As a result of the nature of their job, police officers are exposed to traumatic events that may lead to PTSD in police officers. For example, police officers experience frequent exposure to traumatic incidents that pose a threat to their life or physical integrity such as gunfire, road accidents, homicides, and suicides. Most of these traumatic events have major effects on their occupational and psycho-social functioning.
Like most people, the majority of law enforcement officers subjected to traumatic events will not develop posttraumatic stress disorder (PTSD). Reports have described a number of risk and protective factors associated with the development of PTSD in police officers. These quite often be classified into three different categories: pre-traumatic, peri-traumatic, and post-traumatic.
Recent investigations also show that the accumulation of pre-traumatic (before the traumatic event) duty-related critical incidents, occupational stressors, and a greater exposure to traumatic events at work in the previous year may contribute to the development of PTSD in police officers. Some other studies showed that limited work experience increased the chances of developing PTSD in police officers with less experience. The effect of past personal traumas has also been shown to be a significant predictor in the future development of posttraumatic stress disorder symptoms among law enforcement officers.
Peri-traumatic (during the trauma) experiences such as, emotional and physical reactions during trauma, dissociation, threat to one’s partner’s life, severity of exposure, as well as exposure to death also represent risk elements in the development of PTSD in police officers. In addition, family psychiatric history (substance abuse disorders, mood and anxiety) was also recognized as a susceptibility factor for experiencing greater peri-traumatic distress to critical incident exposure, which, therefore, heightened the risk of developing post-traumatic stress disorder symptoms among law enforcement officers. Women police officers apparently have more risk of developing PTSD after a traumatic event when compared with their male counterparts.
Moreover, one study1 have discovered that police officers undertaking unusual responsibilities during a critical event (including working outside one’s area of competence or working for extended time) were more at risk of developing PTSD. The research that assessed peri-traumatic protective factors revealed that police officers who received support from their colleagues during, or right after, a traumatic event developed less PTSD symptoms.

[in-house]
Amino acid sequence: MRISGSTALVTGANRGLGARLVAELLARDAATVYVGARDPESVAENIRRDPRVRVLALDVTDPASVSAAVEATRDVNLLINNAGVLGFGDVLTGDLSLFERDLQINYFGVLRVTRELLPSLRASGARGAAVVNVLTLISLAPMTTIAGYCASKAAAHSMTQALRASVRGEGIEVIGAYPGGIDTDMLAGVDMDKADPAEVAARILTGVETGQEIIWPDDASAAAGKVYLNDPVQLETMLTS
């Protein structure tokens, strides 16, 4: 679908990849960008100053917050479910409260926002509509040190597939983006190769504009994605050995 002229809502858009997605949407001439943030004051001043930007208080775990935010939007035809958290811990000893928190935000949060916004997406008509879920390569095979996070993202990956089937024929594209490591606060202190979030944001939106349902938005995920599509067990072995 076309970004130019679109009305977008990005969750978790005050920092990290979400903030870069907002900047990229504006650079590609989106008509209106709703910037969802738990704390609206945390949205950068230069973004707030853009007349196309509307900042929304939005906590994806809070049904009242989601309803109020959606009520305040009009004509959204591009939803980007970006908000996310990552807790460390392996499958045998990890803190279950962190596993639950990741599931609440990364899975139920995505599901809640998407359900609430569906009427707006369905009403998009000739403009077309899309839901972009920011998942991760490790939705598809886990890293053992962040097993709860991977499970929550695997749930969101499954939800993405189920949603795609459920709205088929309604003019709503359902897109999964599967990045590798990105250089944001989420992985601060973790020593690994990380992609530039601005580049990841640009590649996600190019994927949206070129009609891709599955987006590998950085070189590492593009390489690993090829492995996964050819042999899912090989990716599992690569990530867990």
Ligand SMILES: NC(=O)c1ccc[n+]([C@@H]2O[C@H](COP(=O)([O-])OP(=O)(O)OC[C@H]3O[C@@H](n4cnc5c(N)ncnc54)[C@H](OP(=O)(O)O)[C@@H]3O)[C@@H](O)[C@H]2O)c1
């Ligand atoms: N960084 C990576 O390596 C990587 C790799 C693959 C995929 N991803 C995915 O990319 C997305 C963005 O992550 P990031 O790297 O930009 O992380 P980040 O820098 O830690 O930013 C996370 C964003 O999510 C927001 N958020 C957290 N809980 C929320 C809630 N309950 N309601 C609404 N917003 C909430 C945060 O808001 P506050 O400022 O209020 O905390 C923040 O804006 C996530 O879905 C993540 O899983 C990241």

Research studies have also outlined a number of post-traumatic factors that predict PTSD in police officers, including a short amount of time allotted by the employer to recover from the event, discontent from the officer regarding organizational support, and inadequate social support outside of police work. Incident-related depressive symptoms, physical injuries, together with subsequent negative life events, have also been considered to be risk factors for the development of Post Traumatic Stress Disorder among law enforcement officers. Research shows that using avoidance-based strategies to manage traumatic events may contribute to an increase in posttraumatic stress disorder symptoms among law enforcement officers.
This prospective study found that only 3% of the sample developed posttraumatic stress disorder symptoms among law enforcement officers, while 9% experienced partial PTSD. In contrast, data from the retrospective study showed that 7.6% of the sample went on develop PTSD in police officers and 6.8% developed sub-syndromal or partial PTSD.
Because our treatment for depression and anxiety, including PTSD programs rely on evidence based practices, our Intensive Outpatient Program shares many common methods with other successful treatment methods. The foundation of our treatment program for relies on the principles of the stages of change, cognitive behavioral therapy, solution focused treatment, skills training and identifying repetitive dysfunctional behavioral relationship patterns to promote recovery from depression and other mental health disorders. In fact, our Intensive Outpatient Program in Memphis, TN that has been proven to be effective in the treatment of these disorders with first responders and law enforcement officers in six peer reviewed treatment outcome studies. Unfortunately, less half of all individuals with any psychological condition in Tennessee will receive mental health treatment and law enforcement officers are even more reluctant to seek treatment. Our treatment center provides services to those who need more treatment than one hour a week, but less than 24 hour care, by providing three hours of treatment per day, three to five days per week, in an intensive outpatient setting. It is also important to keep in mind that women and men often experience depression differently and therefore the presence of depression may also appear differently based on gender. If you or a loved one is showing signs of depression or anxiety, including PTSD, they should be assessed by a trained mental health professional who can help design a treatment plan for depression that can result in recovery. Treatment for depression and anxiety can be highly successful. People who have completed our program have provide very high consumer satisfaction scores and reviews. Call us at 901-682-6136 to schedule an appointment.
1 Predictors of posttraumatic stress disorder among police officers: A prospective study. Marchand A, Nadeau C, Beaulieu-Prévost D, Boyer R, Martin M. Psychol Trauma, 7(3):212-21. doi: 10.1037/a0038780.